“It seems like we’re in for a typical family drama. This is not the case.”
The Humans, a play by Stephen Karam, is a multiple Tony Award winner. Picking up four awards in the 2016 ceremony, including Best Play, the production has now finally flown across the to The Hampstead Theatre for a limited run, with its original Broadway cast. Described as ‘blisteringly funny and (a) deeply chilling drama’ as well as, by Karam, ‘a family thriller’ The Humans tries to venture into darker areas than your typical play about family issues. It may not fully pay off, but it is entertaining.
The 90-minute story is about three generations of the Blake family all coming together on Thanksgiving. This year they are gathering at Brigid’s new duplex apartment in Chinatown, New York. Brigid (Sarah Steele) has just moved in with her boyfriend, Richard (Arian Moayed) and not much has arrived yet to make the house a home. Dinner is being served on paper plates, furniture is minimal and the lights are temperamental but that’s the least of the family’s worries.
Parents, Erik and Deidre (Reed Birney and Jayne Houdyshell) struggle to understand, through generational differences, how their children are dealing with their own obstacles. In addition, Erik is thinking about the future due to ‘changes’ at work whilst Deidre is dealing with insecurity at her job (having bosses a fraction of her age despite her decades with the company) and how her daughters poke fun at her strong religious beliefs and the spam-style emails she sends to them to keep in touch. Brigid’s sister, Aimee (Cassie Beck) is failing to cope with a break-up from her girlfriend and the loss of her job due to chronic illness getting in the way of her hours. Finally, there is grandmother Momo, Erik’s mother (played by Lauren Klien) who is in the final stages of dementia.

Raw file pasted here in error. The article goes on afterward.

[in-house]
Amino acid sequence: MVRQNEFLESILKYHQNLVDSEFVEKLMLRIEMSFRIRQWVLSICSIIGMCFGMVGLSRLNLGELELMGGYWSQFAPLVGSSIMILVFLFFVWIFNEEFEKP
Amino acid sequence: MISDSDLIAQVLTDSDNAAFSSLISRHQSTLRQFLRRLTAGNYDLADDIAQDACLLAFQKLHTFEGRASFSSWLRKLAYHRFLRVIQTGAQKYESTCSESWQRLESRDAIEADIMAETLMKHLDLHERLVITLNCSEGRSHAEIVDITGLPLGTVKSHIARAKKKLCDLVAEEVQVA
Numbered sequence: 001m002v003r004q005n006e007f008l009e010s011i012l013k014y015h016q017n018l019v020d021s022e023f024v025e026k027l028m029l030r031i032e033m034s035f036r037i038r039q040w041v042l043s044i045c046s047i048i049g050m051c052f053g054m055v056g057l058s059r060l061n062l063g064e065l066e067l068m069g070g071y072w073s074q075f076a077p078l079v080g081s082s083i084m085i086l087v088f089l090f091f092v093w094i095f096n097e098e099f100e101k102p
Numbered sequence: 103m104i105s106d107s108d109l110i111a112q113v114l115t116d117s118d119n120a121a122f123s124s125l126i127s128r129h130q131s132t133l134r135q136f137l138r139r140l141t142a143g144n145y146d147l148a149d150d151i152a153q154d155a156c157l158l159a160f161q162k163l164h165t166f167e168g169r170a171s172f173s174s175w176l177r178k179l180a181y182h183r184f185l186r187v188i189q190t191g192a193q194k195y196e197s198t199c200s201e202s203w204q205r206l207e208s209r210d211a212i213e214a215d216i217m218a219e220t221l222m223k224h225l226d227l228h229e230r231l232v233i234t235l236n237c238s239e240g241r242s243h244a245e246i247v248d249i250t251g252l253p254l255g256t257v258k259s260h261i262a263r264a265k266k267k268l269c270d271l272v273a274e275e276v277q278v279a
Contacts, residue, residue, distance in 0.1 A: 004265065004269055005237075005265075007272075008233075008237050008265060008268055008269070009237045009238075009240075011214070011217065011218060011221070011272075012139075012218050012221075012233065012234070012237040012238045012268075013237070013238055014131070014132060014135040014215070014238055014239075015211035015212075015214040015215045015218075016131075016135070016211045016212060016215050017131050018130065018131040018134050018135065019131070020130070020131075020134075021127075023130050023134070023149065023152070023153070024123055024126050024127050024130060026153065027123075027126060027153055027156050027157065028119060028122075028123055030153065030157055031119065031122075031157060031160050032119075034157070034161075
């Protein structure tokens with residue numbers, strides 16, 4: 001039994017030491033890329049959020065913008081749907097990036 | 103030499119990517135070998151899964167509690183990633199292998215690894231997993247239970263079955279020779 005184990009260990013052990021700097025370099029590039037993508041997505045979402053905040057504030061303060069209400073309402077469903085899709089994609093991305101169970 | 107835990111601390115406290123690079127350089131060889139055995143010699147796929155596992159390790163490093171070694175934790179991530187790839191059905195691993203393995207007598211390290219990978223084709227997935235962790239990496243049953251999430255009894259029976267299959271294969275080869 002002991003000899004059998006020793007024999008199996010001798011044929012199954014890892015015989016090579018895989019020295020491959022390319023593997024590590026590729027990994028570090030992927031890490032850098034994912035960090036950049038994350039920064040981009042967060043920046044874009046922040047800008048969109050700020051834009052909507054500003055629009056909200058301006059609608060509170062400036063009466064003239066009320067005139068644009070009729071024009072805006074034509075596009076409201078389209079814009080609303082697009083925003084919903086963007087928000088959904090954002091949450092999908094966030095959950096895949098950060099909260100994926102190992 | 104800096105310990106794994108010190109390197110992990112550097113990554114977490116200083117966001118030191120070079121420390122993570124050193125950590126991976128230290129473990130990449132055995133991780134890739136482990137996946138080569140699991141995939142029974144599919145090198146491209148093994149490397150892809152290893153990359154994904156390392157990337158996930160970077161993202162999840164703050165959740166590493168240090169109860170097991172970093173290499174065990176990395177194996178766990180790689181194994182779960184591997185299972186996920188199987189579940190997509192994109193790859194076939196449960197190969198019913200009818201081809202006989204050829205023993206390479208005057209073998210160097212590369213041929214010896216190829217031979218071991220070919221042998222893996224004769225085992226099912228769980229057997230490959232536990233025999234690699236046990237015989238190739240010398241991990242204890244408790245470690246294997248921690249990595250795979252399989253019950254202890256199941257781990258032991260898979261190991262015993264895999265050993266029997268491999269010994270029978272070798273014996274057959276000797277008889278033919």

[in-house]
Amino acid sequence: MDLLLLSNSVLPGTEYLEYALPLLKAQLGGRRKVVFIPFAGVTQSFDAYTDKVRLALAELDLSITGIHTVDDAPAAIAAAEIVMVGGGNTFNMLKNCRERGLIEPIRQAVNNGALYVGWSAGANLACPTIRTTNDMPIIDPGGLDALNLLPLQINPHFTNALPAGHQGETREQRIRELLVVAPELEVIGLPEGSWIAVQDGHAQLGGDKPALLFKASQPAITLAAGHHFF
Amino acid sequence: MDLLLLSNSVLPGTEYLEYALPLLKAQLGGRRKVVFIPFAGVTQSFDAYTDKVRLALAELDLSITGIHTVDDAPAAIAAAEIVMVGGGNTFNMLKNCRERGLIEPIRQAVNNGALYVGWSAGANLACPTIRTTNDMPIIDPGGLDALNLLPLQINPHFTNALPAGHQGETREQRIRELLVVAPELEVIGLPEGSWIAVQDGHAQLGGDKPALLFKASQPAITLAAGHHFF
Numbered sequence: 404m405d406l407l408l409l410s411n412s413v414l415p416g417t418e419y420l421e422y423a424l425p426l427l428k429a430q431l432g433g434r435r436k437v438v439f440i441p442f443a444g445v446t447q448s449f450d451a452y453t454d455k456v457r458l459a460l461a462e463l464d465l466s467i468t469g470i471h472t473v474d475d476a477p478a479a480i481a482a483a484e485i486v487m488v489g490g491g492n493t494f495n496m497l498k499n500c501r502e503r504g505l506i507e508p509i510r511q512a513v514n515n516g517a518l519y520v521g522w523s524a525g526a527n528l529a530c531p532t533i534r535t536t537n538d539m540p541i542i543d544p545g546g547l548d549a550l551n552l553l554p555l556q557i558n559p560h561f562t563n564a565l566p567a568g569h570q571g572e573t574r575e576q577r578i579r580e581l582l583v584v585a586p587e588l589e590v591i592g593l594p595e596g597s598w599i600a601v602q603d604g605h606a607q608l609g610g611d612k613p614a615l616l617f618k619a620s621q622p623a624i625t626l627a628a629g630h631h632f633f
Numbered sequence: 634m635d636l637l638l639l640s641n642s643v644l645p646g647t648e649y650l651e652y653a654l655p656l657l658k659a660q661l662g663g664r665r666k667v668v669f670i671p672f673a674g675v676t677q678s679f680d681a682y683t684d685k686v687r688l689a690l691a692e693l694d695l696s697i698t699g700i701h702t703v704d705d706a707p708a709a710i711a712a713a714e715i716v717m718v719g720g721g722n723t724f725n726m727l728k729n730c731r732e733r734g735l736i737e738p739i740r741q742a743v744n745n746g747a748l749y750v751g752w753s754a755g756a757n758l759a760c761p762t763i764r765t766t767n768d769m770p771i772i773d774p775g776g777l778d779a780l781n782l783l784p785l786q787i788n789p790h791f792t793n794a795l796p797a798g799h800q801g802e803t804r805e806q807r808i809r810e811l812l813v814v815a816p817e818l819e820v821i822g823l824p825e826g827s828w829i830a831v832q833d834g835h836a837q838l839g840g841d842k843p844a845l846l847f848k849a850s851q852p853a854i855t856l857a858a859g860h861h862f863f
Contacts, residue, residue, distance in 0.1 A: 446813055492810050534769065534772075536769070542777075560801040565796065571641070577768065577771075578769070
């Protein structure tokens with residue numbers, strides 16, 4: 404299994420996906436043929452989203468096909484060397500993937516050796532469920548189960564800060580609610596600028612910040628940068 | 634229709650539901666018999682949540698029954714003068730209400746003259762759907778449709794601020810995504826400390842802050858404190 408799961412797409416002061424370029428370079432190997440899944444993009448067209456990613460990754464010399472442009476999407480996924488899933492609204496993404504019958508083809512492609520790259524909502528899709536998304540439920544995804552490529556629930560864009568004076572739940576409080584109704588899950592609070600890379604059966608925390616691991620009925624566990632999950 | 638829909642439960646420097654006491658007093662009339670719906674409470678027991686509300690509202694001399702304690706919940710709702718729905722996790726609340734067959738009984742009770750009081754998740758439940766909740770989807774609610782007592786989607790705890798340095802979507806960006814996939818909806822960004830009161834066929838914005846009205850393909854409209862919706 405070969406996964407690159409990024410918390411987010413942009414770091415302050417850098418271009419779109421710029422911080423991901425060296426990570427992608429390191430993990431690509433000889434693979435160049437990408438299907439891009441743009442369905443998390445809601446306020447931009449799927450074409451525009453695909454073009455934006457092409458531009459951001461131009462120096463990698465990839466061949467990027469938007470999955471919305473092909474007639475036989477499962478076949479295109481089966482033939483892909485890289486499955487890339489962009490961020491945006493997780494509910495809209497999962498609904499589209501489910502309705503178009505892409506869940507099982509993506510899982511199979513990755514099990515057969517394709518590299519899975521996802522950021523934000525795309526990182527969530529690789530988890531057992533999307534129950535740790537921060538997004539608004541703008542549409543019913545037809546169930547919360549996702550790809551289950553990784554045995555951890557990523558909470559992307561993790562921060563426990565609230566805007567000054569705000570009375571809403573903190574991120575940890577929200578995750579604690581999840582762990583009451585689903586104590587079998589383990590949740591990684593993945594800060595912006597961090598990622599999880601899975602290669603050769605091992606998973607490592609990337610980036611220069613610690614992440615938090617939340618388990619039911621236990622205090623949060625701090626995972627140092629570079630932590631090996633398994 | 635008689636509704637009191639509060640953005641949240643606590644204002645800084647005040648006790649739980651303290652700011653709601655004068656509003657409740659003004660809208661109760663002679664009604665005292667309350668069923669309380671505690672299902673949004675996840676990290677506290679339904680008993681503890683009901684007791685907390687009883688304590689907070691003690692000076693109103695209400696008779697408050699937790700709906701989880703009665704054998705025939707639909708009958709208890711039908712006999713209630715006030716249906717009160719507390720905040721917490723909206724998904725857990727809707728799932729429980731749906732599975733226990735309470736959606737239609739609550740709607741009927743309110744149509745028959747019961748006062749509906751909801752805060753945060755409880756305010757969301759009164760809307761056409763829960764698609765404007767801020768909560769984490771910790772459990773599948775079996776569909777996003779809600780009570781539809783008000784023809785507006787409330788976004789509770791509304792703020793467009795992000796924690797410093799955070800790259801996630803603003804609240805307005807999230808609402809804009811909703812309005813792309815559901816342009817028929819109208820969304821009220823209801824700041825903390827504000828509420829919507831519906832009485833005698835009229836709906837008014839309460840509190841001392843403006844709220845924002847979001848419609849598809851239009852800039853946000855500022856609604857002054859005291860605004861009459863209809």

With the set up and characters it seems like we are in for a typical family drama. This is not the case. With the darkened silent scenes, the sudden but frequent banging from the tenant upstairs and lights burning out, it seems like this production aims more towards a thriller. As there isn’t a major climax one could leave The Humans feeling slightly short-changed.
The dialogue (though very impressive with overlaps and cross-talk) can slip into sitcom at times and be a little too self-explanatory but the topics discussed at the dinner table are interesting and enlightening. Erik and Robert bump heads when Robert opens up about his depression and needing to take some time out from his job so he could find himself and ‘reboot’ his life. Erik looks at him oddly and replies: ‘To me, doing life twice seems like the only thing worse than doing it once.’ Erik then speaks to Brigid in similar confusion when she talks about her own struggles (money, career, lifestyle) but also attempting juice cleanses, yoga and similar: ‘If you’re so miserable, why are you trying to live forever?’ The quips are what keep the audience intrigued, especially in the latter half when the story gets rolling.
Joe Mantello’s direction is impressive and David Zinn’s two-level set is sublime. The performances from the cast are fantastic and you can see instantly why Briney and Houdyshell won their Tonys – they are magnificent.
The Humans has a final two weeks at The Hampstead Theatre and the run is nearly sold out – tickets can be bought from theatre’s website.
Photos: Tristram Kenton